Letters to the Editor: Bodies
Welcome again to The Appendix letters page, where we offer correspondence from the past.
For the Bodies issue, we searched for letters about all things corporeal: a 1780s tirade about frugality that maligns “French Cooks, Italian musicians, foplin taylors, dancers, tirewomen and all the mangos which retain to luxurious pleasure,” for instance. Or an early account of nitrous oxide which seems to protest too much about the absence of “errotic [sic] symptoms” when the gas was administered.
But our favorite are a batch of letters that weren’t necessarily to an editor, but rather an arbiter: Neil deGrasse Tyson to be exact, the director of the Hayden Planetarium, which aroused the ire of astronomically-inclined schoolchildren throughout the United States when it demoted Pluto from a planet to a more ambiguous form of cosmic body, a “planetoid” or “dwarf planet.” The kids were, to put it mildly, not all right. Here’s a sample:
As always, we hope these letters inspire you to write letters of your own—to The Appendix and to parties deserving and otherwise.
The London Magazine, November, 1781.
We are told that frugality is a most churlish and unbeneficial thing to society. For consider, say they, in what the prosperity of a state consists. In nothing so much as a quick circulation of property. By this, the citizens of any body politic are always kept busy and alive; but a very great part of the present circulation is derived from such indulgences, as frugality would certainly exclude. If the mere demands of nature were only to be listened to, without any allowance for gay appetite and fancy, what would become of those thousand employments, and of that infinite quantity of circulating property, which depend upon diet, dress, ornamental furniture, and elegant amusement?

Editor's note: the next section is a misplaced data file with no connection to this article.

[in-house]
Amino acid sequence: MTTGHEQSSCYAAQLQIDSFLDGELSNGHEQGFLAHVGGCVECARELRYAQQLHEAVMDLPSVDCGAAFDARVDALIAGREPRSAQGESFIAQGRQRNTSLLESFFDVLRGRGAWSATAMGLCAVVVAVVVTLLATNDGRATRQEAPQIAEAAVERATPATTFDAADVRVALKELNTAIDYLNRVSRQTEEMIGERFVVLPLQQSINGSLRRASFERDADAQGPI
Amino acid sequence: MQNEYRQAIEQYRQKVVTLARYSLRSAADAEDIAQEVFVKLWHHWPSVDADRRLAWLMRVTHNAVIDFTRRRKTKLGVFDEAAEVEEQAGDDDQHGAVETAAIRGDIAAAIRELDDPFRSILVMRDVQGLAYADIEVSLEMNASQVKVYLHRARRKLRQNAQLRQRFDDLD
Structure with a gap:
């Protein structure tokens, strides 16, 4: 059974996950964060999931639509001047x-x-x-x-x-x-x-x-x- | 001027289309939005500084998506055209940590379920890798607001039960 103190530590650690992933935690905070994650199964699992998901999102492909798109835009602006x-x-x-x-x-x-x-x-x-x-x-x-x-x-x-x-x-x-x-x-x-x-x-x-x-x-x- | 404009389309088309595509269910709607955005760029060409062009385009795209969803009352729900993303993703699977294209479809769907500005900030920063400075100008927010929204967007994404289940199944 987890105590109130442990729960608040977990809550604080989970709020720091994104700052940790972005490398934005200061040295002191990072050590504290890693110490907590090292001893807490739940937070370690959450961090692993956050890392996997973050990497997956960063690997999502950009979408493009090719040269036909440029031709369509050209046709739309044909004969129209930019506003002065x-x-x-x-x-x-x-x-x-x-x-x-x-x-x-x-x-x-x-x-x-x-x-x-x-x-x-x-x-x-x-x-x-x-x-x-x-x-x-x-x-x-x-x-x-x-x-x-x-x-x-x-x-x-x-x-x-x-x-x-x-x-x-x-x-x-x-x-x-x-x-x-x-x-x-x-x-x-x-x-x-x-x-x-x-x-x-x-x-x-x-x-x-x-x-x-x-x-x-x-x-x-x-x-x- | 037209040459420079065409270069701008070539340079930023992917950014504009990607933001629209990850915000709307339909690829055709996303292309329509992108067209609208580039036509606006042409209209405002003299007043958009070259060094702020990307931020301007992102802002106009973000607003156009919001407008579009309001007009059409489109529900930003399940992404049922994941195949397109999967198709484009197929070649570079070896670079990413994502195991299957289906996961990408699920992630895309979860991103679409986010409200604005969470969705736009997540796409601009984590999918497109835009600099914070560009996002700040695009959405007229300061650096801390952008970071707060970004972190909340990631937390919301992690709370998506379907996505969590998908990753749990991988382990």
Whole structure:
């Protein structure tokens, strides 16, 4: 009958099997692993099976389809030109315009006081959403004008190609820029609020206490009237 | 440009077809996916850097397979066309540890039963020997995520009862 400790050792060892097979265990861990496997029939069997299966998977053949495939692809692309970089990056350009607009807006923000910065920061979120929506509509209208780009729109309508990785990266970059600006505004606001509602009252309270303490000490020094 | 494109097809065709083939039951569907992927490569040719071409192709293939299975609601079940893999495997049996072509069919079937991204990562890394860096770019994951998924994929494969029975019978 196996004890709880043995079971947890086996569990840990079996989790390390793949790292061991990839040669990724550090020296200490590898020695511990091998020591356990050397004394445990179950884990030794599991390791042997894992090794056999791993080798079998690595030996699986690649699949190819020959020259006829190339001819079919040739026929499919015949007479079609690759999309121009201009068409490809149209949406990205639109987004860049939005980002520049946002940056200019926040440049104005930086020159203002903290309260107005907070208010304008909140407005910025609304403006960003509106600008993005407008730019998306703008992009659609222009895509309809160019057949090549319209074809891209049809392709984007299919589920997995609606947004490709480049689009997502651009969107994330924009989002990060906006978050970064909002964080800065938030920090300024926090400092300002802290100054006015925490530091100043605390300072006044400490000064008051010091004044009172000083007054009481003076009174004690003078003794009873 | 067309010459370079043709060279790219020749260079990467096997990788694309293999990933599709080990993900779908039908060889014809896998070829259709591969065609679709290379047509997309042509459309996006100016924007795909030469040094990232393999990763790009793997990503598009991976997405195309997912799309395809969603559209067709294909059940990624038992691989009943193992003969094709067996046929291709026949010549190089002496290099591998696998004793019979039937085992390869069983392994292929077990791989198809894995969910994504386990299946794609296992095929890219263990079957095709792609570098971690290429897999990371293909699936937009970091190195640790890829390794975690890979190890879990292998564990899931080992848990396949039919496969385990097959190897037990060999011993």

… those despicable ministers are always humble worshippers of the Demon who supports them; and never fail to spend in her service the votive offerings which her favourites bring to her shrine. French cooks, Italian musicians, foplin taylors, dancers, tirewomen, and all the mangos which retain to luxurious pleasure, are constantly known to dissipate their large revenues, as fast as they get them … thus propagating through the whole nation, as far as their influence extends, puny bodies and effeminate minds, for the strength, glory and happiness of the body politic.
British Journal of Dental Science and Prosthetics, November 14, 1872.
SIR– During the last three years I have not met with a single instance in which errotic [sic] symptoms have occurred, the number and variety of habits of the patient having been too numerous to attribute this to mere chance.
Undoubtedly nitrous oxide requires more skill in its administration than chloroform, in order that complete anaesthesia may be produced and retained in its integrity; this is only to be acquired by constant practice, which leads me to believe that the sensual emotions described in the extract would not have occurred had the use of the anaesthetic been sufficiently pushed at the proper time.
… It is rather a curious fact that the lowest known temperature that can be produced takes place on the mixture of two anaesthetics, namely—bisulphide of carbine and liquid nitrous oxide; at this temperature, which is 220 below zero Fahr., alcohol becomes so viscid that the vessel containing it may be inverted without any of the alcohol falling to the ground.
P. WOODHOUSE BRAINE
The following letter relates to our article “Ditsong’s Dioramas” in the present issue.
“The Taungs Skull”
The Friend, South Africa, September 14, 1925
Sir,—To settle a dispute, will you please tell me in your correspondence column whether the Taungs skull, discovered by Professor Dart, has since been found to be merely an ordinary ape skull, or whether it is still considered to be that of an early type of man?
MODDER RIVER OBSERVER.
[Editors respond]: Neither. The theory is that the skull is that of a man-like ape. Doubts have been thrown upon the correctness of this theory, but the matter is by no means settled.
Pluto is the humblest of planetary bodies—so humble, in fact, that it was demoted by the Hayden Planetarium in the year 2001. The children of the world were less than pleased by the loss of a favorite planet, and they made their views known: